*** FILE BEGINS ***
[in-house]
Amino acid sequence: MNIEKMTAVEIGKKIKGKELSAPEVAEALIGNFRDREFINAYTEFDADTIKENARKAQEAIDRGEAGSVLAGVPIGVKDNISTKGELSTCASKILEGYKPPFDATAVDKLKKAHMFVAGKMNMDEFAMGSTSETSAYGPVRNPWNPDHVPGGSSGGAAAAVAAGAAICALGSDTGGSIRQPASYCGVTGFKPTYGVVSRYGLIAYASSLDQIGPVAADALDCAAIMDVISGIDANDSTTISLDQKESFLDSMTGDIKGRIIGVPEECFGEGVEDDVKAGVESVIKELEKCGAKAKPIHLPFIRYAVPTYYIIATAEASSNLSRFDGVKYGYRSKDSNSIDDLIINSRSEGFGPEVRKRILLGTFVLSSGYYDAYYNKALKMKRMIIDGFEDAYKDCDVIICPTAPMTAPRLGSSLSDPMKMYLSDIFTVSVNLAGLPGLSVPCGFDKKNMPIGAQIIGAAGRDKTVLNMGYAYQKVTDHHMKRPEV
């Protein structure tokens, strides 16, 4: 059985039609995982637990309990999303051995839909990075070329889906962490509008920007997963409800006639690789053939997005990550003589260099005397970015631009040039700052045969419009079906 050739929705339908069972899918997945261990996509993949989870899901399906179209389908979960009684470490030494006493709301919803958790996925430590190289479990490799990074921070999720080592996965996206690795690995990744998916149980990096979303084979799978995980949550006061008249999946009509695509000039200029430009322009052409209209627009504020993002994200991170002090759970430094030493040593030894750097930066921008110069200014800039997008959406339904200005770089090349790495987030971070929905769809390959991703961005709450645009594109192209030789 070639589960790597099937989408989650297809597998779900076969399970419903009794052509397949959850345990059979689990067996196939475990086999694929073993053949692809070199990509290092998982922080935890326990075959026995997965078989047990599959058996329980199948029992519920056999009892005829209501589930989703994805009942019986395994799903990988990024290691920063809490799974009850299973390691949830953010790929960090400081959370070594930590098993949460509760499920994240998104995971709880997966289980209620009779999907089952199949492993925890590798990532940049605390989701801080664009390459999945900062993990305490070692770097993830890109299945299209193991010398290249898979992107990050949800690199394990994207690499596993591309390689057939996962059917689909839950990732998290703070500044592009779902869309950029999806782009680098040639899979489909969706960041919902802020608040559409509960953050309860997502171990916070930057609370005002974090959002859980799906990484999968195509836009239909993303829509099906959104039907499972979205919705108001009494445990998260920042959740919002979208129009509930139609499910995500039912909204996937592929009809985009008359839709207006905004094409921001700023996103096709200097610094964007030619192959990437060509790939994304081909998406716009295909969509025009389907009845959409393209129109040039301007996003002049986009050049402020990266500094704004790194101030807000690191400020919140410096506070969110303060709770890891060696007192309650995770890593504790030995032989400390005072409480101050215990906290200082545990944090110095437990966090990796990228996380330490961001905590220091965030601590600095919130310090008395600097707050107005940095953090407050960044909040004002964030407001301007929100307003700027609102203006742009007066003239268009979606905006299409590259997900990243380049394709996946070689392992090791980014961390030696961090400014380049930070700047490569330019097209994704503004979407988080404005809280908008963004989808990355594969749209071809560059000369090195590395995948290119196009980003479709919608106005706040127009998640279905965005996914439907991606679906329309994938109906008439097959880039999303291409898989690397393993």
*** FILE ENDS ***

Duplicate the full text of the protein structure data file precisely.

[in-house]
Amino acid sequence: MNIEKMTAVEIGKKIKGKELSAPEVAEALIGNFRDREFINAYTEFDADTIKENARKAQEAIDRGEAGSVLAGVPIGVKDNISTKGELSTCASKILEGYKPPFDATAVDKLKKAHMFVAGKMNMDEFAMGSTSETSAYGPVRNPWNPDHVPGGSSGGAAAAVAAGAAICALGSDTGGSIRQPASYCGVTGFKPTYGVVSRYGLIAYASSLDQIGPVAADALDCAAIMDVISGIDANDSTTISLDQKESFLDSMTGDIKGRIIGVPEECFGEGVEDDVKAGVESVIKELEKCGAKAKPIHLPFIRYAVPTYYIIATAEASSNLSRFDGVKYGYRSKDSNSIDDLIINSRSEGFGPEVRKRILLGTFVLSSGYYDAYYNKALKMKRMIIDGFEDAYKDCDVIICPTAPMTAPRLGSSLSDPMKMYLSDIFTVSVNLAGLPGLSVPCGFDKKNMPIGAQIIGAAGRDKTVLNMGYAYQKVTDHHMKRPEV
């Protein structure tokens, strides 16, 4: 059985039609995982637990309990999303051995839909990075070329889906962490509008920007997963409800006639690789053939997005990550003589260099005397970015631009040039700052045969419009079906 050739929705339908069972899918997945261990996509993949989870899901399906179209389908979960009684470490030494006493709301919803958790996925430590190289479990490799990074921070999720080592996965996206690795690995990744998916149980990096979303084979799978995980949550006061008249999946009509695509000039200029430009322009052409209209627009504020993002994200991170002090759970430094030493040593030894750097930066921008110069200014800039997008959406339904200005770089090349790495987030971070929905769809390959991703961005709450645009594109192209030789 070639589960790597099937989408989650297809597998779900076969399970419903009794052509397949959850345990059979689990067996196939475990086999694929073993053949692809070199990509290092998982922080935890326990075959026995997965078989047990599959058996329980199948029992519920056999009892005829209501589930989703994805009942019986395994799903990988990024290691920063809490799974009850299973390691949830953010790929960090400081959370070594930590098993949460509760499920994240998104995971709880997966289980209620009779999907089952199949492993925890590798990532940049605390989701801080664009390459999945900062993990305490070692770097993830890109299945299209193991010398290249898979992107990050949800690199394990994207690499596993591309390689057939996962059917689909839950990732998290703070500044592009779902869309950029999806782009680098040639899979489909969706960041919902802020608040559409509960953050309860997502171990916070930057609370005002974090959002859980799906990484999968195509836009239909993303829509099906959104039907499972979205919705108001009494445990998260920042959740919002979208129009509930139609499910995500039912909204996937592929009809985009008359839709207006905004094409921001700023996103096709200097610094964007030619192959990437060509790939994304081909998406716009295909969509025009389907009845959409393209129109040039301007996003002049986009050049402020990266500094704004790194101030807000690191400020919140410096506070969110303060709770890891060696007192309650995770890593504790030995032989400390005072409480101050215990906290200082545990944090110095437990966090990796990228996380330490961001905590220091965030601590600095919130310090008395600097707050107005940095953090407050960044909040004002964030407001301007929100307003700027609102203006742009007066003239268009979606905006299409590259997900990243380049394709996946070689392992090791980014961390030696961090400014380049930070700047490569330019097209994704503004979407988080404005809280908008963004989808990355594969749209071809560059000369090195590395995948290119196009980003479709919608106005706040127009998640279905965005996914439907991606679906329309994938109906008439097959880039999303291409898989690397393993």